The Least of These

If you know the ministry of Operation Inasmuch, you know our mantra comes from Matthew 25:40. In that verse, Jesus says, “…Assuredly, I say to you, inasmuch as you did it to one of the least of these My brethren, you did it to Me.” I have read a lot about that verse and the entire passage in Matthew 25 over the last 5 years. Some interpret the “least of these” to be fellow believers who are in “needy” situations while others interpret this phrase, “the least of these”, to mean anyone in our world that might be in need. No matter how you choose to think of that verse, the Bible is rich with examples of Jesus caring for the outcast, the oppressed, and the least of society. 

The outcasts are those vile humans that people do not really want to deal with. They make us uncomfortable or angry because they do not live the way we live. We are grossed out by them or maybe scared of them. Just think… who just came to your mind as I described an outcast person? 

So, who were the outcasts of Jesus’ day, and who are the outcasts in our world today? You can walk through scripture and see over and over again who these people might be and then see how God used them to change the world and fulfill prophecy. You can see how Jesus was drawn to them and how he poured into their lives. Let’s look at some of them:

  • Esther was an orphan
  • Mary Magdalene was a possessed woman
  • Joseph was a slave and sold by brothers
  • The Samaritan woman in John 4 was an adulterer
  • Rahab was a prostitute
  • Matthew was a tax collector
  • Saul (Paul) was a murderer

That is to name a few. Jesus constantly engaged with the blind, the demon-possessed, the infirm, and the looked down upon. In Luke 14, Jesus said, “When you give a dinner or supper, do not ask your friends, your brothers, your relatives, nor rich neighbors… But when you give a feast, invite the poor, the maimed, the lame, and the blind. And you will be blessed, they cannot repay you; for you shall be repaid at the resurrection of the just.” 

God loves to love those who society finds the easiest to hate and cast aside. Jesus was the ultimate example of serving others. He didn’t discriminate on who to love and who to serve. In Luke 10, a law expert challenges Jesus and asks, “Who are my neighbors.” He was just trying to justify who he was supposed to love. 

We all do it. We all have these internal categories of people that we find easy to love and those we are most challenged to love. Of course, Jesus goes on in that passage in Luke and gives us the infamous Good Samaritan parable. Jesus is constantly shocking the people and in this parable, he really was pushing the boundary. To make the lowly Samaritan the HERO… how dare he? And then in verse 37, he basically says to go and be like the Samaritan. 

So, what about today? Who are the least of these in 2024? Obviously, times have changed and the world has evolved but at the end of the day, the least of these still probably look very similar to the people in Jesus’ day. We still have orphans, the poor, the lame, people with special needs, people with mental health issues, people living in sin, people who are sick or terminal, and many others with severed relationships who are lonely and lost.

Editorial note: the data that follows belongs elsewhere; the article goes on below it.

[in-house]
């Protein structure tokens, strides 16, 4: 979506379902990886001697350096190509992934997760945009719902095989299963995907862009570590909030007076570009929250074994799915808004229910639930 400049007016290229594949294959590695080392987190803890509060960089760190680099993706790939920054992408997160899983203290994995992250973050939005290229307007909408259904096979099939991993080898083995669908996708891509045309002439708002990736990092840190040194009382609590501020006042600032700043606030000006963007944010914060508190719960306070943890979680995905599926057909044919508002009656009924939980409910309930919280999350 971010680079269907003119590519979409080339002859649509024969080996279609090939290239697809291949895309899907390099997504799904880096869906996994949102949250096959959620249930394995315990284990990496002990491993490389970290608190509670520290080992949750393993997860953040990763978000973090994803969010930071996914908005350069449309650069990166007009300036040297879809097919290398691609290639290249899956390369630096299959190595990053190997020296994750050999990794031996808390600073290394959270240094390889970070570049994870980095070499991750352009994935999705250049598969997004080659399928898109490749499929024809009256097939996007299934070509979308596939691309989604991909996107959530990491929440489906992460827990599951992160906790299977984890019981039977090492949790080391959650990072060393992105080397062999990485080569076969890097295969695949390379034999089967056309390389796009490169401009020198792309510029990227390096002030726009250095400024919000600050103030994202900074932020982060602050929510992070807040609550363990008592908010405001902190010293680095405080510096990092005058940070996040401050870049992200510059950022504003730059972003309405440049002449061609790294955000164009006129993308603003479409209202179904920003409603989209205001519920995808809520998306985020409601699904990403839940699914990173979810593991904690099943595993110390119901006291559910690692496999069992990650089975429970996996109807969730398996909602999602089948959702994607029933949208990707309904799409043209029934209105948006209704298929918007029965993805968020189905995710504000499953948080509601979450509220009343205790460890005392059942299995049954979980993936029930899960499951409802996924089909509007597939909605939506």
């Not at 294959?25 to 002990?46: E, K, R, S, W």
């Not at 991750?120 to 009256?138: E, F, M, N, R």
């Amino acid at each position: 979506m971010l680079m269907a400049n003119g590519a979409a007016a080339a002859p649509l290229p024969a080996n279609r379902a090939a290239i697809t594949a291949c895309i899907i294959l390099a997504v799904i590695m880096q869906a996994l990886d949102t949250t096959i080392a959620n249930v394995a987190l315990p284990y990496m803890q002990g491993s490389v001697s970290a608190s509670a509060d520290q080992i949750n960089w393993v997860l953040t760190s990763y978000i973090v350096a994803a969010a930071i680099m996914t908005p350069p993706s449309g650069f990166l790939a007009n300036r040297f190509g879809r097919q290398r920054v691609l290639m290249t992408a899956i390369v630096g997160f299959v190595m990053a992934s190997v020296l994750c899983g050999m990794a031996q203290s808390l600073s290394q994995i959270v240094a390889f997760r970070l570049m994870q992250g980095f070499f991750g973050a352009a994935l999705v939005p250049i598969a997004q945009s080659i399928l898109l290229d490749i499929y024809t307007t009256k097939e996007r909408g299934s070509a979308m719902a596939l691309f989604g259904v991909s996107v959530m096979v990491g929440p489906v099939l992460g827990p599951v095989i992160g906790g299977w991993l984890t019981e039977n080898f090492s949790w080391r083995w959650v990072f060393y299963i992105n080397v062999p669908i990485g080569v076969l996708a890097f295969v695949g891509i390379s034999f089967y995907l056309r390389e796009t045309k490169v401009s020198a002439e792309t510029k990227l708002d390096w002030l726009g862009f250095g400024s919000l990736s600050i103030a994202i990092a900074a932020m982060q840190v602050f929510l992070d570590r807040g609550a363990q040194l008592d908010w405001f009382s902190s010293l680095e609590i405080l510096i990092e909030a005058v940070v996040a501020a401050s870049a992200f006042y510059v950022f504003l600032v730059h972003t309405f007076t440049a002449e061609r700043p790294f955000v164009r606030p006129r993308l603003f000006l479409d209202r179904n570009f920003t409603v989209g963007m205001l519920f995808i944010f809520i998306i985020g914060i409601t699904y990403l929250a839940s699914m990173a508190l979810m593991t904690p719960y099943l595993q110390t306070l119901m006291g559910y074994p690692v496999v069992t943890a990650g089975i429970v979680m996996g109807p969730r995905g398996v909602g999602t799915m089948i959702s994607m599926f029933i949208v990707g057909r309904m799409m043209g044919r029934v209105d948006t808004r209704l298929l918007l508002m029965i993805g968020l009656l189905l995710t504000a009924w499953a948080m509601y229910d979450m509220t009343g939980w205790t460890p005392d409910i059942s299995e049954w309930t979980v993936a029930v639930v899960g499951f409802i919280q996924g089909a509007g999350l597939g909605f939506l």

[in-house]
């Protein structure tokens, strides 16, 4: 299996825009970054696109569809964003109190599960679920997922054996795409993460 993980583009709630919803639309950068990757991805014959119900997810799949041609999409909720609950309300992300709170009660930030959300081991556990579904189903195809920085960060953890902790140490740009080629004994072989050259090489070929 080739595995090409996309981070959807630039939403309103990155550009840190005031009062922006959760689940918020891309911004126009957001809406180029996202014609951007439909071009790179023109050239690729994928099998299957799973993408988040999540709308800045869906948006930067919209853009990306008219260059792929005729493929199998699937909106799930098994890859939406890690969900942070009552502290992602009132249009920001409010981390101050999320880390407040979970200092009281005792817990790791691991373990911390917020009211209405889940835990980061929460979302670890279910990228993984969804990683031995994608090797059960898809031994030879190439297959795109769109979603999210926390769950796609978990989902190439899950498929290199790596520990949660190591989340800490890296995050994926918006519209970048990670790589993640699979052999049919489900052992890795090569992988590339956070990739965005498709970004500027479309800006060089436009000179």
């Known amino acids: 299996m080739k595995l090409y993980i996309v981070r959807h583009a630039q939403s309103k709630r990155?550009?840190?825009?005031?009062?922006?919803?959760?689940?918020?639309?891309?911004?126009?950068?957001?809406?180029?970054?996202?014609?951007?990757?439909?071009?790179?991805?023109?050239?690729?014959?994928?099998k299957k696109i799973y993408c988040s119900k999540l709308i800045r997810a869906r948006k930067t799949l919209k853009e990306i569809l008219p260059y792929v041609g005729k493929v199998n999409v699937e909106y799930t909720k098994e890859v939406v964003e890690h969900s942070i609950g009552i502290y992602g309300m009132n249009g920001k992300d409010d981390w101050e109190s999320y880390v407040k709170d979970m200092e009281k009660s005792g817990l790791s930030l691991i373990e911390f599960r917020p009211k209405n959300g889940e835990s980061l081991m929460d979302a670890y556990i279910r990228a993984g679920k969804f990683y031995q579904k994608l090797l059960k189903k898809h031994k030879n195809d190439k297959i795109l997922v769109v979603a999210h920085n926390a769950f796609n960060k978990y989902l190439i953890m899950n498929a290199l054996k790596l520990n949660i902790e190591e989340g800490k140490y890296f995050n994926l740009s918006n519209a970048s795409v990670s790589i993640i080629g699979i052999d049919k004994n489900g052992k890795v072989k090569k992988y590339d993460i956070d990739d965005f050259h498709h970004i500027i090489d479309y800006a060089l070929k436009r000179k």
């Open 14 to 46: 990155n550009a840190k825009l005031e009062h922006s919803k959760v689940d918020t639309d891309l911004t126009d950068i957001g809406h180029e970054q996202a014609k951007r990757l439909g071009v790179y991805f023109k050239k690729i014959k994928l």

We are called to love the people who seem unlovable, disagree with us, and live a different lifestyle than us. We are to show compassion for the hurting, the least, and the lost. It’s time to stop asking WHO and ask HOW. When we ask WHO, we are acting just like the law expert in Luke 10. We are trying to justify our actions and emotions. We start with the “what-ifs”. “What if he’s just going to buy drugs with the money I give him?” or “What if I’m running late?” Those are just two simple examples. The what-ifs go much deeper and play into our discomfort and our fears. 

Operation Inasmuch wants to help your church (and you) develop passions for missions and use the skills and abilities that God has given your church to impact the community right where you are. We want to help you with the HOW part. We want you to love your neighbors, especially the least of these.  We strive to help believers live out the gospel through daily acts of compassion simply by loving the unloved, serving the unserved, and reaching out to the unchurched. How are you doing with this? How is your church doing? There is a huge mission field right there waiting for you and it starts by looking outside the church walls. We would love the opportunity to train and equip your church. Please contact our office at (865) 951-2511 for more information about Operation Inasmuch

Written by:
Gene Whaley

Ministry Director

One response to “The Least of These”

  1. Kathy Hughes says:

    Wonderful piece – thank-you for it! In Essex, we are “in transition” as you know, changing leads. These gems help everyone keep on going!

Leave a Reply

Your email address will not be published. Required fields are marked *

Stay Connected!

Subscribe to our e-news and blogs.

By submitting this form, you are consenting to receive marketing emails from: Operation Inasmuch. You can revoke your consent to receive emails at any time by using the SafeUnsubscribe® link, found at the bottom of every email. Emails are serviced by Constant Contact